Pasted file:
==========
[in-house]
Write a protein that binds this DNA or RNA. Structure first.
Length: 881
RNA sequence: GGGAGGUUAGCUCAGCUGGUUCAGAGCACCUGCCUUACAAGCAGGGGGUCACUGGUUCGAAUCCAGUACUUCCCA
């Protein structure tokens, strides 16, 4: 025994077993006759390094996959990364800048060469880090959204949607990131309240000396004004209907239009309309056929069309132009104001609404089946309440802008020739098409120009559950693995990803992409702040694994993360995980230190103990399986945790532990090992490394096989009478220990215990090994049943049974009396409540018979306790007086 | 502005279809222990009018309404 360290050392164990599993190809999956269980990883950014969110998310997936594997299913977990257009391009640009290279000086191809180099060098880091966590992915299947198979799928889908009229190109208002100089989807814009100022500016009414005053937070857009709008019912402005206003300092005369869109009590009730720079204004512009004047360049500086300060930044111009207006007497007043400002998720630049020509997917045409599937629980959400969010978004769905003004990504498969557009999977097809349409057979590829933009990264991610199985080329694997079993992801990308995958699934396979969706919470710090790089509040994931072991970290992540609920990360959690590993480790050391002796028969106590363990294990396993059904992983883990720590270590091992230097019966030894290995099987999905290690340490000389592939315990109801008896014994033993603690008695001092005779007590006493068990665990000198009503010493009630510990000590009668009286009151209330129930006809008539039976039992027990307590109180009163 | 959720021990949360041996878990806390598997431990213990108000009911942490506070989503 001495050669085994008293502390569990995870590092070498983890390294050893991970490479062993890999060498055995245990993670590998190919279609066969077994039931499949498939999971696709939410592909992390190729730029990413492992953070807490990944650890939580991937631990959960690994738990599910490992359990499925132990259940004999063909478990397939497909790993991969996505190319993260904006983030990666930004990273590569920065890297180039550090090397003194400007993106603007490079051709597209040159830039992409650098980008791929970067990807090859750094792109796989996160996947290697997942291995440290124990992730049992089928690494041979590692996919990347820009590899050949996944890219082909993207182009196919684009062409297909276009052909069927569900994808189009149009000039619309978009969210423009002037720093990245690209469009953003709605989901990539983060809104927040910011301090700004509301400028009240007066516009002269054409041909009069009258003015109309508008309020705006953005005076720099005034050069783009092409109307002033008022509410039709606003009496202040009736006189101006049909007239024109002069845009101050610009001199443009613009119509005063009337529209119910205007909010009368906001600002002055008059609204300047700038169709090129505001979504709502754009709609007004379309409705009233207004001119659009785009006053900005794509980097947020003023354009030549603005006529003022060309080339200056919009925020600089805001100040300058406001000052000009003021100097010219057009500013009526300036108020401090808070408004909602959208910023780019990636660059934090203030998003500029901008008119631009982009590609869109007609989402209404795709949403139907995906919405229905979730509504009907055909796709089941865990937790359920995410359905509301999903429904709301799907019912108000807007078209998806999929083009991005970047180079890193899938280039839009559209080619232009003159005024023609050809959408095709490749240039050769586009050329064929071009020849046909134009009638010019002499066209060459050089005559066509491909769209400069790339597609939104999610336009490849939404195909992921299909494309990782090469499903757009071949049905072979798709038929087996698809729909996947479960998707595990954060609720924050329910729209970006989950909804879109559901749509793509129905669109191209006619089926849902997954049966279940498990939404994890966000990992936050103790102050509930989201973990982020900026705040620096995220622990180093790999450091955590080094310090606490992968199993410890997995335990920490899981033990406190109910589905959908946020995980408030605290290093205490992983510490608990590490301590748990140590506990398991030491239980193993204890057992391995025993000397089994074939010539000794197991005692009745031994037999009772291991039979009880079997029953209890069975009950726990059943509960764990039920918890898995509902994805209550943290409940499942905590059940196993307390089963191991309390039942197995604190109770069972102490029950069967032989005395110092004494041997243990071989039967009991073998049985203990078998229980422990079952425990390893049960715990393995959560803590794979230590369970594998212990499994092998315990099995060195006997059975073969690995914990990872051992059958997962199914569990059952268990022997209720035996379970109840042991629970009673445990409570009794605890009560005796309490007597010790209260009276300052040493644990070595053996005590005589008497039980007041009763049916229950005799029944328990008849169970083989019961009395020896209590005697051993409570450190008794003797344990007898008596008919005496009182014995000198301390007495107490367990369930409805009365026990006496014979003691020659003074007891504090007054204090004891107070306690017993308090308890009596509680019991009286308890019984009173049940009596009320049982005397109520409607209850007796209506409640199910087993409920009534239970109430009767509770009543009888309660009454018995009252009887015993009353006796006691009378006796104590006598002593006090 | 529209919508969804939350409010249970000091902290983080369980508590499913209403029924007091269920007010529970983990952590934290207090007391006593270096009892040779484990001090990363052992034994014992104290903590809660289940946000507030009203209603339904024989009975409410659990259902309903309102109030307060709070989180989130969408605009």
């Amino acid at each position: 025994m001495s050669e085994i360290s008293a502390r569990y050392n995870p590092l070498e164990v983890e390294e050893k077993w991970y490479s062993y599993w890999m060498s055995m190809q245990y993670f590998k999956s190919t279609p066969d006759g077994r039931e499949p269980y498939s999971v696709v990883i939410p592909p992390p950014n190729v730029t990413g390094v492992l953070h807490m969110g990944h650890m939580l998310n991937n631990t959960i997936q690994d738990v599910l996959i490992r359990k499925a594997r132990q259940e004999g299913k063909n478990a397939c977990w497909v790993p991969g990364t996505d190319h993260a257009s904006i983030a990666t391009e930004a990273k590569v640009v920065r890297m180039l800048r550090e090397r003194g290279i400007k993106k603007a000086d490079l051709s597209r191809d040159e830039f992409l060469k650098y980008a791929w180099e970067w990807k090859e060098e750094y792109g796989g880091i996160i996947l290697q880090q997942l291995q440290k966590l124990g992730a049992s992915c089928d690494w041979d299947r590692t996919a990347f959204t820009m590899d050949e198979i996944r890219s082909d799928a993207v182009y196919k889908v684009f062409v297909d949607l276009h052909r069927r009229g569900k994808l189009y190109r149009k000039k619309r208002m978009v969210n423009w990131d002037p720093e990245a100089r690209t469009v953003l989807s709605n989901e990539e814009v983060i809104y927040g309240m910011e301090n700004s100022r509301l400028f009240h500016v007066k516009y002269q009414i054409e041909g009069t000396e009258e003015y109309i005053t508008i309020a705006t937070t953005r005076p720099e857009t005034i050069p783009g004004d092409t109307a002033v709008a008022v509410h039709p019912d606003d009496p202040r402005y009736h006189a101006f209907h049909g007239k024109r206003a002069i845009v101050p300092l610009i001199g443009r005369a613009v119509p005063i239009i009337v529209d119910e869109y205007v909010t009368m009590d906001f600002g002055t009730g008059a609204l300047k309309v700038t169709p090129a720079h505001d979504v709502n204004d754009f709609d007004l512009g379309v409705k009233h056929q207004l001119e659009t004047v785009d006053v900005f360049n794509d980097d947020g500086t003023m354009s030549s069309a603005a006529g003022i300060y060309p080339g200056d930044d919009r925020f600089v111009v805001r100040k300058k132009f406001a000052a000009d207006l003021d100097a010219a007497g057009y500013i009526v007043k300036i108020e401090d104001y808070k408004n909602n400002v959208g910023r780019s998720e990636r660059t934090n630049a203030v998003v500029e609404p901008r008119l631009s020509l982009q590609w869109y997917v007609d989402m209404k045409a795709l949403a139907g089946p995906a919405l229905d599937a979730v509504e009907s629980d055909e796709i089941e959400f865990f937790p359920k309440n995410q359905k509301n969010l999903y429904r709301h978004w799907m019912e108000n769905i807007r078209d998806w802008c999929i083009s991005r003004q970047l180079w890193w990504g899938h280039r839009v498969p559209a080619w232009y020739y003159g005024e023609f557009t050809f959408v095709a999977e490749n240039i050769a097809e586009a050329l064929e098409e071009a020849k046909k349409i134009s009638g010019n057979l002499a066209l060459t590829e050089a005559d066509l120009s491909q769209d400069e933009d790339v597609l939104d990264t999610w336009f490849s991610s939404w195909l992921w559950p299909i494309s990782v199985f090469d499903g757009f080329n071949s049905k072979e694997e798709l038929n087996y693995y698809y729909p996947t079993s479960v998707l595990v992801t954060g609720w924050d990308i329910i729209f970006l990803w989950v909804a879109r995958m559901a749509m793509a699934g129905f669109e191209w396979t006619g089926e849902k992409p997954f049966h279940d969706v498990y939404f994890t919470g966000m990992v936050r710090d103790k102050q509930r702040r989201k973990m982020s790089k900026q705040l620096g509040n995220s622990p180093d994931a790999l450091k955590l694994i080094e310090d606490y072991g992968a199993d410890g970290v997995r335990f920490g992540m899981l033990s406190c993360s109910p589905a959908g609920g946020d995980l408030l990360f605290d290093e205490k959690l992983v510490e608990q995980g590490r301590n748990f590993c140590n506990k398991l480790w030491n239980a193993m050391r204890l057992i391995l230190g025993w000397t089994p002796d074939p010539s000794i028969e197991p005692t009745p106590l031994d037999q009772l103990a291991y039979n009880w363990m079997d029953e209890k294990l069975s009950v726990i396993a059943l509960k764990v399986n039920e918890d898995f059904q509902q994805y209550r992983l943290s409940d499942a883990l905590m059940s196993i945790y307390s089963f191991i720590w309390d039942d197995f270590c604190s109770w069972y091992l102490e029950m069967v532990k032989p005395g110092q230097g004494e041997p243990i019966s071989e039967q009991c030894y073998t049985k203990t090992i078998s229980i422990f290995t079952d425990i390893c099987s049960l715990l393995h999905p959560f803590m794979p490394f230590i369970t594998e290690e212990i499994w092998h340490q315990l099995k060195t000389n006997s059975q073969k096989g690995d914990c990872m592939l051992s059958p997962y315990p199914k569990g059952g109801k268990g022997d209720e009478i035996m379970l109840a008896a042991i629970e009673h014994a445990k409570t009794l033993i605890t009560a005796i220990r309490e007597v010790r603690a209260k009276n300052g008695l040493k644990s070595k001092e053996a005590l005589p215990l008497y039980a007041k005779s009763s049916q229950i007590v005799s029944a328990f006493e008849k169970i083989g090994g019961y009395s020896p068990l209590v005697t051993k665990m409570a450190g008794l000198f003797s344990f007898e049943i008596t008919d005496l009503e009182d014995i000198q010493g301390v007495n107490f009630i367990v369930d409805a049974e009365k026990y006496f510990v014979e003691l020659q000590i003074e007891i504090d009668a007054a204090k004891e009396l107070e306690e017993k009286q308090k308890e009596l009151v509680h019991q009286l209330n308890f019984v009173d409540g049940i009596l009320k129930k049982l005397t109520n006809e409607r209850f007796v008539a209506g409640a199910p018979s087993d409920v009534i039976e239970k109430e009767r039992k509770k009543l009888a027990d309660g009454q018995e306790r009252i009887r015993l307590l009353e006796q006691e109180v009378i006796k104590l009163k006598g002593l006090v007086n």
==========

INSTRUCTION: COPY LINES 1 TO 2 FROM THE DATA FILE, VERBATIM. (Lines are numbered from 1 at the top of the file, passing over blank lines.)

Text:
[in-house]
Write a protein that binds this DNA or RNA. Structure first.